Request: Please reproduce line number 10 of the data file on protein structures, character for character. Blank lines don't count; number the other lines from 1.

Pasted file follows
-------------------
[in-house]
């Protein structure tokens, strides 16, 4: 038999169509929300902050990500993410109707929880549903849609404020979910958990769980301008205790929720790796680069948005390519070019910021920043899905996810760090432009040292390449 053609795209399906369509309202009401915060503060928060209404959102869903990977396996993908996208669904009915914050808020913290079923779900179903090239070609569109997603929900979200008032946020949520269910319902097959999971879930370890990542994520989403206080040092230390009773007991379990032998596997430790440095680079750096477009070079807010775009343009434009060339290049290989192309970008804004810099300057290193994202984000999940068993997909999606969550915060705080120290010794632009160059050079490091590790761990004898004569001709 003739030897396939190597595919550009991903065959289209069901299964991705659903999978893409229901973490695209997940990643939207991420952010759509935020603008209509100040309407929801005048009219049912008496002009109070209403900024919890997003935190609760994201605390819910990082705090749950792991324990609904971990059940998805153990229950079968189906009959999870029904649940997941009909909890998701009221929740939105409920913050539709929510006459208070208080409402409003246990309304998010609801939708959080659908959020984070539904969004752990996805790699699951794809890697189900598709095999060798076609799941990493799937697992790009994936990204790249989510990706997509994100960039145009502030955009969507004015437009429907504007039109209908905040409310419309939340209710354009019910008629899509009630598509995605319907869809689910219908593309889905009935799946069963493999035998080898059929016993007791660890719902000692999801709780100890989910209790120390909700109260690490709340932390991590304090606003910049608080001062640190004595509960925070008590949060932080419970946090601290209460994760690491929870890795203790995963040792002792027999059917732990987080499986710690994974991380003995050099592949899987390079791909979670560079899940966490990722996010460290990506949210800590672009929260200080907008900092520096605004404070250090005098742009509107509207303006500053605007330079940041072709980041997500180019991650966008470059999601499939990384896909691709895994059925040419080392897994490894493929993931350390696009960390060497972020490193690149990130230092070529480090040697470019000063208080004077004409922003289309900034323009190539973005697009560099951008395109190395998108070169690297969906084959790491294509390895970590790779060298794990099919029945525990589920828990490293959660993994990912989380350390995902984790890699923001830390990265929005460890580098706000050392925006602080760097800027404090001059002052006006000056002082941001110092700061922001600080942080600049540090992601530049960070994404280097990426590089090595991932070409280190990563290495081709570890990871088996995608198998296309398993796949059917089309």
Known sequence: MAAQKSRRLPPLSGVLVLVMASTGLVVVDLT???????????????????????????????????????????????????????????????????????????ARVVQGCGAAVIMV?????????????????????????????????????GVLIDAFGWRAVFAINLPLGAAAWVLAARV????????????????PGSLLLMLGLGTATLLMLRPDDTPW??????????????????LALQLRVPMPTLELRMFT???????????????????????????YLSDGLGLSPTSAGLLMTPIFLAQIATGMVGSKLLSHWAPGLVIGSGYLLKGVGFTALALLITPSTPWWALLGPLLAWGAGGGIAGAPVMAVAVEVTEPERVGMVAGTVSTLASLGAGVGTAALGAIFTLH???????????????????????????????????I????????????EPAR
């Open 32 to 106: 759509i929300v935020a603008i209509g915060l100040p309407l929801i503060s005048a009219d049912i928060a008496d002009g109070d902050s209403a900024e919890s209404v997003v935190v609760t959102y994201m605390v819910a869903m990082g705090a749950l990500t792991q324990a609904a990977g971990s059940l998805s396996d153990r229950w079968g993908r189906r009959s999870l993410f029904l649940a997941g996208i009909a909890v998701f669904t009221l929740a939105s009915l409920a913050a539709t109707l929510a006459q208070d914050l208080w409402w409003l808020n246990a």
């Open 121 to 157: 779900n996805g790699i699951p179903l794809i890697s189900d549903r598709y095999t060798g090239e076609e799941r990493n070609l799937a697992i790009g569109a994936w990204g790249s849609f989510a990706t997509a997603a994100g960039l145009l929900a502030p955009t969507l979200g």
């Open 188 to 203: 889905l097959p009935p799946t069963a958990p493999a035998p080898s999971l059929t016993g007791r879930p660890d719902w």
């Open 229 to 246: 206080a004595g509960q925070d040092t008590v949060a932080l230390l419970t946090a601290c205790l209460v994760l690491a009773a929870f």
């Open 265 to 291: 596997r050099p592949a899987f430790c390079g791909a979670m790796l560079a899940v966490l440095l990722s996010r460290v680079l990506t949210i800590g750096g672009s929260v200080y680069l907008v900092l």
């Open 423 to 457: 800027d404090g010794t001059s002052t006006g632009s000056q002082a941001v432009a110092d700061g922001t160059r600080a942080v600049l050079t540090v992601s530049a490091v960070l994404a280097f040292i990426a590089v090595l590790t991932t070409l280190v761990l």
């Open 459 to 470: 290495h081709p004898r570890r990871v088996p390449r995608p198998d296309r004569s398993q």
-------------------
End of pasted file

């Open 459 to 470: 290495h081709p004898r570890r990871v088996p390449r995608p198998d296309r004569s398993q």